The Rainier Square Tower (59-story, 850 ft/ 259 m tall) in downtown Seattle, is getting off the ground, with its completion scheduled for early 2020.
Traditionally, a rebar-reinforced concrete core has been the preferred method of construction for Seattle’s towers. These cores are very good at bracing against wind and seismic loads. The construction process is slow, though: three to four days per floor, with the steel framing for each floor dependent on completion of the concrete work.
For Rainier Square Tower, a new steel plate & concrete composite fill design for its high-rise core is used. It has been developed by Magnusson Klemencic Associates (MKA) over many years. The system uses two steel plates connected by steel spacing ties, and then the cavity between the plates is filled with high-strength concrete. An added boon is that this method is expected to reduce traditional construction time by 30% or more.
I went down Denny Way to go check on the construction of a condominium tower called the Nexus today, just north and east of downtown. The construction boom is still going full-steam with dozens of downtown and South Lake Union projects only now getting off the ground.
The No 48 bus makes for an easy run up to the University (of Washington) District for me, and I did that today. (The main draw there for me is the big university bookstore, and the smaller second-hand bookstores, as well).
In another two years or so, the new Light Rail train station right there will be completed, and then I can take the train instead. That would be great!
I guess Seattle has many gleaming glass and steel towers nowadays, but the Seattle Tower is one of the city’s original art deco gems.
Its construction was completed in 1929, and at the time it was called the Northern Life Building.
We have had a streak of beautiful blue-sky days here in the city, reaching all of 72 °F (22 °C) on Tuesday. A high pressure system parked above the Pacific Northwest will give us even more clear weather days, all through the weekend, say the meteorologists.
I walked by the construction site of the ‘Building Cure’ today.
It’s here in downtown Seattle near Denny Way. It is the new building for Seattle Children’s Research Institute to expand into. The Institute’s scientists develop cures and therapies for childhood diseases such as cancers, sickle cell anemia and type 1 diabetes.
The Institute has grown from just 40 employees in 2006 to more than 1,500 today.
I lucked out and caught the last day when these LEGO ‘Americana Roadshow’ models were on display at Bellevue Square mall, last Sunday.
I don’t think I aspire to build giant LEGO models like these .. but maybe that is just because I don’t have hundreds of thousands of bricks to work with!
The mercury hit 90°F (32°C) here in the city today, and I waited for the fireball in the sky to sit a little lower, before I ventured out on my usual South Lake Union walkabout. Here are some pictures.
My ‘Townhouse Triple’ used up the last of my windows and white brick stock.
This illustrates the LEGO builder’s dilemma: which creations should one keep on permanent display, and which should one break down (to free the bricks for something else)?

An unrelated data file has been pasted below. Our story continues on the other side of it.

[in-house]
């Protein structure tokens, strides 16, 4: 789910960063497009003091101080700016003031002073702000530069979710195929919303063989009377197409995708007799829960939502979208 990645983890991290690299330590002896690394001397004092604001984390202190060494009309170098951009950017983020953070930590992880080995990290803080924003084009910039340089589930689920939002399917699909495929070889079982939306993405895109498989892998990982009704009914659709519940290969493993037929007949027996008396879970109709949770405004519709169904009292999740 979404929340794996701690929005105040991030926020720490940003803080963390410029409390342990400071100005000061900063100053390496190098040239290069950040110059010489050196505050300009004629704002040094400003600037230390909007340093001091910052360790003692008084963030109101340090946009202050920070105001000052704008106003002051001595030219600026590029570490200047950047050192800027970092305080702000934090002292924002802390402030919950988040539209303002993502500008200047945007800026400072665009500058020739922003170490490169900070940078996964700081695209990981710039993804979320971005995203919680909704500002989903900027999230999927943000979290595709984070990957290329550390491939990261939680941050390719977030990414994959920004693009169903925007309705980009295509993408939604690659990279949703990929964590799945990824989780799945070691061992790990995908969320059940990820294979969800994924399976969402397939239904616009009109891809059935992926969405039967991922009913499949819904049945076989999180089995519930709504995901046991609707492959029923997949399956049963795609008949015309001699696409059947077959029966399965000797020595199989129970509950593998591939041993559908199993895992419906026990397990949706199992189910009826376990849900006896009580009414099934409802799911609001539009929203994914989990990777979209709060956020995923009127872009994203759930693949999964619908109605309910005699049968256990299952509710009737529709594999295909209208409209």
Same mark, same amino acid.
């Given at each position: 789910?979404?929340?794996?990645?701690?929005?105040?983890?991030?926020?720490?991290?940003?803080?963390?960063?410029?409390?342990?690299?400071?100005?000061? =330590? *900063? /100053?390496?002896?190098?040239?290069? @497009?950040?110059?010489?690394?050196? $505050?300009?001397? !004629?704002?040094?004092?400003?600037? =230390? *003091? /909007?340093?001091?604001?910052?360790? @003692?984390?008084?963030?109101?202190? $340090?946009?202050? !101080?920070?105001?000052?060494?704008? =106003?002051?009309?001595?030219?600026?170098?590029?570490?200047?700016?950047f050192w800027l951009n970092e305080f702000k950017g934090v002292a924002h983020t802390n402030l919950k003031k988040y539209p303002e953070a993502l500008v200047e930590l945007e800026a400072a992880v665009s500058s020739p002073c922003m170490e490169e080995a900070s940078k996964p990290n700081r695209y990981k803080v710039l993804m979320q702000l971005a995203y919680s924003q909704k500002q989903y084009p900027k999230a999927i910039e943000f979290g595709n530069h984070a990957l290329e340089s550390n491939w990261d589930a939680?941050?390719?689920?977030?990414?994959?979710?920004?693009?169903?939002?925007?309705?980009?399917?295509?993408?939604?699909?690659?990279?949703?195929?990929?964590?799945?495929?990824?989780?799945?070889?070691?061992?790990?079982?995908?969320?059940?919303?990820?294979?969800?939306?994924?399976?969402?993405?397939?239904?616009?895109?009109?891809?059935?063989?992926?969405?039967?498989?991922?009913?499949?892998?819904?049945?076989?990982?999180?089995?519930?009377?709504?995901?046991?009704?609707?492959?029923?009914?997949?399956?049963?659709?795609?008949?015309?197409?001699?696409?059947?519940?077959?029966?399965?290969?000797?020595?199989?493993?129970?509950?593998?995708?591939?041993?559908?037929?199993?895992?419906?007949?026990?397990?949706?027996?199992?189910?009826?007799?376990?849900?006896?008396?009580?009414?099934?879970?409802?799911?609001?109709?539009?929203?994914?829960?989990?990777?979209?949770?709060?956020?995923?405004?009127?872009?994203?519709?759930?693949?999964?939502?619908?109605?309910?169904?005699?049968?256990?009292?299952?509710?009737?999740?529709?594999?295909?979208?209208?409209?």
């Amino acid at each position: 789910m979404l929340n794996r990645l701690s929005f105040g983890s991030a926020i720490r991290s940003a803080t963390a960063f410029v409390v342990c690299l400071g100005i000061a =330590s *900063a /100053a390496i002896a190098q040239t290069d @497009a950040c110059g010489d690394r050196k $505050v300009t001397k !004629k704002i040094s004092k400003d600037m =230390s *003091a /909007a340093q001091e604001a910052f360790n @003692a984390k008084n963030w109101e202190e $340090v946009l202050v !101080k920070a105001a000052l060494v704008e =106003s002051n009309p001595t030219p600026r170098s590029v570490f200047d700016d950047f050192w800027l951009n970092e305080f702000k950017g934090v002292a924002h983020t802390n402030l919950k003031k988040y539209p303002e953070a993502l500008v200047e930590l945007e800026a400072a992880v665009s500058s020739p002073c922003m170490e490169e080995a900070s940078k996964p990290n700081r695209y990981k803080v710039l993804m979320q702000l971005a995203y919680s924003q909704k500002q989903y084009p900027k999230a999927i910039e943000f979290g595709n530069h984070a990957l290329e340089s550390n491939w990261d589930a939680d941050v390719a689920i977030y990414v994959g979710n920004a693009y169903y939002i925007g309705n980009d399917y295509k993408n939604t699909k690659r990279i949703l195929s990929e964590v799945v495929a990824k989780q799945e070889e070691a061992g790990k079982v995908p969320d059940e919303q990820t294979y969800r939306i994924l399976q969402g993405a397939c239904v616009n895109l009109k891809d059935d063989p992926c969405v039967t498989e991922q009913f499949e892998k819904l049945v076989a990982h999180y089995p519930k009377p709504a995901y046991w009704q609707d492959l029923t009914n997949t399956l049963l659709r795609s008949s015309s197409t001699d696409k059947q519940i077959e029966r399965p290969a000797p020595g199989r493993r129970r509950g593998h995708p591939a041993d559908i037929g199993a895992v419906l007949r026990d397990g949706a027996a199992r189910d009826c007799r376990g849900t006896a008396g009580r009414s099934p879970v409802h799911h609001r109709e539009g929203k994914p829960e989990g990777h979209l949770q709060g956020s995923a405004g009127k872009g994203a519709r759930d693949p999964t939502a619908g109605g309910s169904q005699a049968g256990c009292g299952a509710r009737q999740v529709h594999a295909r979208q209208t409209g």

Update 7/22: Here’s an updated model with an improved rooftop.
I spotted a building on Saturday at the street food fair on 8th Ave, that had a striking glass-faced box (picture below). So I looked up the design drawing for it (on seattleinprogress.com).
I see there is another woonerf in the making, next to it. (At least one more is planned for 12th Ave). Woonerf (pronounce VONE-erf) is a Dutch word, for a street with park-like surroundings, that is shared by pedestrians, cyclists, and cars (driving slowly).
My walkabout today was in South Lake Union, the area next to Seattle’s downtown that is a booming hub for Amazon, Google and the biotech industry. The new Denny Substation and duct banks under the streets (for power distribution) are scheduled for completion in late summer.
It was a brisk 44°F/ 6 °C in the University District this morning at 10 am, where I was this morning. The storm we had on Sunday night was gone. It brought down a little hail at my house, and a thunderbolt so loud, and so close, that it rattled the windows and the glasses up in my kitchen cabinet.
I read a description today of an ‘Eero Saarinen tulip base dining table with white marble top’ in an article about decorating. Well. Let’s find out what this table looks like, I thought. (Redeem myself a little from the cheap Ikea furniture I still have, by improving my designer furniture knowledge).
Saarinen (1910-1961) was a Finnish American architect and industrial designer, noted for his neo-futuristic style. I also learned that Saarinen was the architect of the Gateway Arch in St Louis.
I saw ‘Black Panther’ (more about it later) in the IMAX theater here in the Pacific Science Center today.
The Pacific Science Center was designed by Minoru Yamasaki for the 1962 World’s Fair in Seattle, and housed the United States Science Pavilion. It is located right by the city’s iconic Space Needle.
Yamasaki was born in Seattle in 1912, a second-generation immigrant. He graduated from the University of Washington in 1934, and became a very successful architect with his own firm in Seattle.
He was the architect of two prominent buildings in downtown Seattle: the IBM Building (1963) and Rainier Bank Tower (1977). His firm won the contract to design the St. Louis’ Pruitt-Igoe Housing Project in 1953, but the project ended in disaster. It was a big setback for his firm and for his reputation.